FHFA Takes Key Step to Improve Language Access in the Mortgage Market

Last week, the Federal Housing Finance Agency (FHFA) made a key decision to include a question that asks a borrower his or her preferred language on the updated standard mortgage application. We and our partners in the civil rights community applaud this critical fix to the mortgage application process.

This is how the question will appear on the updated mortgage application:

Updated mortgage application sample

WHAT’S YOUR LANGUAGE PREFERENCE? A SIMPLE YET POWERFUL QUESTION

This decision has been years in the making. In 2015, Fannie Mae and Freddie Mac, two large companies that buy and securitize loans made by home lenders, announced that they would be updating the mortgage application for the first time in 20 years. FHFA, as regulator and caretaker of the companies, met with different stakeholders, including UnidosUS, to get feedback on the process.

We joined consumer advocates in the Americans for Financial Reform coalition to request that FHFA include a question on the re-designed mortgage application asking borrowers to indicate their preferred language.

In the last two years, we advocated for opportunities to track and collect information about a borrower’s language preference. Additionally, we proposed ideas for how home lenders and mortgage servicers could improve access to credit and mortgage relief options for Latinos and other underserved borrowers with limited English proficiency.

After many meetings, submitting our recommendations, conducting surveys, and developing best practices with Affiliates in the UnidosUS homeownership network, we applaud FHFA for taking this important step to improve language access in the mortgage market.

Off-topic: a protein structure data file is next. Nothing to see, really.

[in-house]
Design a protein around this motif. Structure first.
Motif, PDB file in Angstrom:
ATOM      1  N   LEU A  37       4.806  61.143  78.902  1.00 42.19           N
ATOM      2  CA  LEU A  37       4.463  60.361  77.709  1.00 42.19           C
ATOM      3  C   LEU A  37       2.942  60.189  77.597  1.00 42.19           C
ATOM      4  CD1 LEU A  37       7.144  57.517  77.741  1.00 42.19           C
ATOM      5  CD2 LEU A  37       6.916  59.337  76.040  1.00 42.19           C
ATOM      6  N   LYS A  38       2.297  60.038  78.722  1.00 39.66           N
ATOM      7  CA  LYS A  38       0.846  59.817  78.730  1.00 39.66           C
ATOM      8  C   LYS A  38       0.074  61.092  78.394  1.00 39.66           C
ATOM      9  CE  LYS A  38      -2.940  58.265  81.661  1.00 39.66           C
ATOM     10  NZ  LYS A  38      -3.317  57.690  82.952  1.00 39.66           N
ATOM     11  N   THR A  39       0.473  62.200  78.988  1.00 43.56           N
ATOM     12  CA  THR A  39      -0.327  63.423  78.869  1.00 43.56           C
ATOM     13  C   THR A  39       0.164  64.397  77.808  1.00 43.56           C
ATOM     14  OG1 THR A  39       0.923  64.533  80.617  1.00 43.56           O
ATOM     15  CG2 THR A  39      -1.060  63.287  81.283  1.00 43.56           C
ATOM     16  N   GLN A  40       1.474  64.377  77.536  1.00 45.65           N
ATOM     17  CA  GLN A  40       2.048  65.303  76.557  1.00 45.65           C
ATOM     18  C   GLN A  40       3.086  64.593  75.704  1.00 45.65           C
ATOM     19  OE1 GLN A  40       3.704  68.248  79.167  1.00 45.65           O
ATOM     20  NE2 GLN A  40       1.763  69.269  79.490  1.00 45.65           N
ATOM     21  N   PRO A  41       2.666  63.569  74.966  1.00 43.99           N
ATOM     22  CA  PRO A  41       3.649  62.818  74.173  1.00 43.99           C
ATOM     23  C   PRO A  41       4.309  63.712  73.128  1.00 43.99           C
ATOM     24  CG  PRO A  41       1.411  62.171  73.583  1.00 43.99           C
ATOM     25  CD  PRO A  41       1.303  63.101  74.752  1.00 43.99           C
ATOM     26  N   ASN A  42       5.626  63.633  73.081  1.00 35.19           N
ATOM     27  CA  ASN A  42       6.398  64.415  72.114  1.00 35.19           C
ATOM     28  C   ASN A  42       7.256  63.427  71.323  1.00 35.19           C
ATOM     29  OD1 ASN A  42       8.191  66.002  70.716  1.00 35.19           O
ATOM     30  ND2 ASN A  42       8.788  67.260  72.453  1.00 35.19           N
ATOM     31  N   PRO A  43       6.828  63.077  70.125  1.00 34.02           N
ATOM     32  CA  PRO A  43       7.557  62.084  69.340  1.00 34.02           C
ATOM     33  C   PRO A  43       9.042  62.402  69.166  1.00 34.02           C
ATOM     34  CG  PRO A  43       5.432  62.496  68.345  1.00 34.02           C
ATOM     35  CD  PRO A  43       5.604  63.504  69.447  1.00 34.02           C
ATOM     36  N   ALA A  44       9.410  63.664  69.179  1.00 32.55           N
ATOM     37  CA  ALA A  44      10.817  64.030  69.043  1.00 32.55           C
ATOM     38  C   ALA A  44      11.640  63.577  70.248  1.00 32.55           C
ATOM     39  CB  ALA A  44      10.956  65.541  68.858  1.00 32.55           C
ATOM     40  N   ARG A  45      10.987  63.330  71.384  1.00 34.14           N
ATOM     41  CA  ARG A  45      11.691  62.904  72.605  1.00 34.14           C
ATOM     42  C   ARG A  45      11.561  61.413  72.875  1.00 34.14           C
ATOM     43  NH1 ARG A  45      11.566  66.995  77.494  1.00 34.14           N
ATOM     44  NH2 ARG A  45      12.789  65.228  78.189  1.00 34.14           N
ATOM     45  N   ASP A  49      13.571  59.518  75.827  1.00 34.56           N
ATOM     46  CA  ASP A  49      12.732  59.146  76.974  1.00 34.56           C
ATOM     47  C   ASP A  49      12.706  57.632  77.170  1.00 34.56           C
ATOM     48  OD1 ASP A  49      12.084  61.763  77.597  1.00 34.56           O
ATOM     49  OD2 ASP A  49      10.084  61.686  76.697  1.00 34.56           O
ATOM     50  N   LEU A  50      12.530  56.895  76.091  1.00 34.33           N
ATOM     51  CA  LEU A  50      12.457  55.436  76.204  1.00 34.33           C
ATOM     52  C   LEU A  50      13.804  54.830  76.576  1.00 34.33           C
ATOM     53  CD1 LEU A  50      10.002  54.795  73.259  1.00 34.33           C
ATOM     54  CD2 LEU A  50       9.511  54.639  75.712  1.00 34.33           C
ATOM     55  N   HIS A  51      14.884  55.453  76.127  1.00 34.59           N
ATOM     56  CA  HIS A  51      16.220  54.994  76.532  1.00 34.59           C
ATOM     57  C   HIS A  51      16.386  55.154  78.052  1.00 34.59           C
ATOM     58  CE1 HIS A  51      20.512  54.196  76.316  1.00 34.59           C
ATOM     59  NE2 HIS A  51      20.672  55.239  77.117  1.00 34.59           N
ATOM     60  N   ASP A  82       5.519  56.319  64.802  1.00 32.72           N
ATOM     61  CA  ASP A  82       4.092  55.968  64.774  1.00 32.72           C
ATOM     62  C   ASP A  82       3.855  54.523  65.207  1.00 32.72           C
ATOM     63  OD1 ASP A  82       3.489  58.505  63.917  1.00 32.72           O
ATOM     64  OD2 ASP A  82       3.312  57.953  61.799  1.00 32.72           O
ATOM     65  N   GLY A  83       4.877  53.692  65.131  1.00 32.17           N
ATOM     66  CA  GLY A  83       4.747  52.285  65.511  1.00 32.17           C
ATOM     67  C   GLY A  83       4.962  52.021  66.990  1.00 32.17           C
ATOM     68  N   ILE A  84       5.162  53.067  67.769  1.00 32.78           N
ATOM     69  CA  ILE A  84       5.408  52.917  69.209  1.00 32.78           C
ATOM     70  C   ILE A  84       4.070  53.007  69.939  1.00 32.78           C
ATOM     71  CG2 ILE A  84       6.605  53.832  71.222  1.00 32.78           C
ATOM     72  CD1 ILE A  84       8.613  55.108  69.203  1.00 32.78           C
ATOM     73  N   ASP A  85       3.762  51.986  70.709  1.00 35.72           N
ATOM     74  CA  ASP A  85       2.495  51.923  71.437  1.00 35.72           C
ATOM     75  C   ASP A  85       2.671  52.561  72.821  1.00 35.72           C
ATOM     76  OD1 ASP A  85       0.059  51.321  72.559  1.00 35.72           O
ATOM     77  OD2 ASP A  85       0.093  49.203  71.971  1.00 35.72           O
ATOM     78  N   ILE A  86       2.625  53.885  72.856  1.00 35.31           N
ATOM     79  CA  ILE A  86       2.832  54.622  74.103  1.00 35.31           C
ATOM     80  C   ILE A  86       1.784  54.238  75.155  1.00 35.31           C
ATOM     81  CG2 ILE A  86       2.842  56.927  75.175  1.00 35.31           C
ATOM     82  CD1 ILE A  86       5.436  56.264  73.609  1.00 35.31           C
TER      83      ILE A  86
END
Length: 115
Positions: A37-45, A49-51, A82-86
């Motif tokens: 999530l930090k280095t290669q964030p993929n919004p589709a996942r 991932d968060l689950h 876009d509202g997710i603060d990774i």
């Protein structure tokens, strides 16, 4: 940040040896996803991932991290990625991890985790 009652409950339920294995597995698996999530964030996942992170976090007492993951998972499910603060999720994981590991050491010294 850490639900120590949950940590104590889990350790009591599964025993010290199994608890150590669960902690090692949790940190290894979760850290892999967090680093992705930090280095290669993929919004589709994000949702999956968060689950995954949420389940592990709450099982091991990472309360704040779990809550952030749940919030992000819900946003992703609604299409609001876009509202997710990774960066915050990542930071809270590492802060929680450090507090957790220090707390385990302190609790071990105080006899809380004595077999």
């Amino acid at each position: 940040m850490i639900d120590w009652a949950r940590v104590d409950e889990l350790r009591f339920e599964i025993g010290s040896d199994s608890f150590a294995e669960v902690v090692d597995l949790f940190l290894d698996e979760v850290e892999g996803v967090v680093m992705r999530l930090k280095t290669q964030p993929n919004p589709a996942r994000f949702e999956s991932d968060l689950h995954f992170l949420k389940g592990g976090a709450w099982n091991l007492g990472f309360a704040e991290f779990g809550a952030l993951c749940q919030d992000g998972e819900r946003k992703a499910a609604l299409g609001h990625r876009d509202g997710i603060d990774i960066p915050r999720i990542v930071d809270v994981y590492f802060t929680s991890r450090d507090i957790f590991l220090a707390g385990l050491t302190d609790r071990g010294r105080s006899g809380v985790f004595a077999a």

HOMEOWNERSHIP CHALLENGES FOR AMERICANS WITH LEP

Several factors, including language ability, can impair the ability of Hispanics to access and understand credit. The mortgage market is aimed primarily at English-language speakers. But more than 60% of Americans with limited English proficiency speak Spanish, and nearly 65% of Latino immigrant families identified as limited English proficient (LEP).

Family in front of home

The challenge of navigating the complex mortgage process is compounded for LEP families. Often LEP borrowers enter into mortgage loans without understanding the terms of the contract due to the lender’s failure to provide communications in a language they can understand. And the lack of language assistance services puts many borrowers at a tremendous disadvantage when seeking mortgage relief to save their home.

While Latinos and immigrants with limited English proficiency encounter barriers to safe credit products, they are also vulnerable to fraud and predatory practices. Identifying that a borrower or homeowner would benefit from language assistance services or from a bilingual service provider would protect these families from financial traps and ensure access to sustainable homeownership, a key building block to create wealth.

NEXT STEPS IN IMPROVING LANGUAGE ACCESS

Including this particular question on mortgage applications is a step in the right direction to ensure that Latinos, immigrants and other underserved communities with limited English proficiency have access to safe and affordable mortgage products. The next step is for Fannie Mae and Freddie Mac to develop a comprehensive language access plan.

The updated mortgage application will be finalized later this year. By 2020, families who apply for a home mortgage will be asked this question when completing the mortgage application.

We will continue to monitor the development of the language access plans enabling more American families, including Latinos and immigrants, to secure homeownership opportunities.

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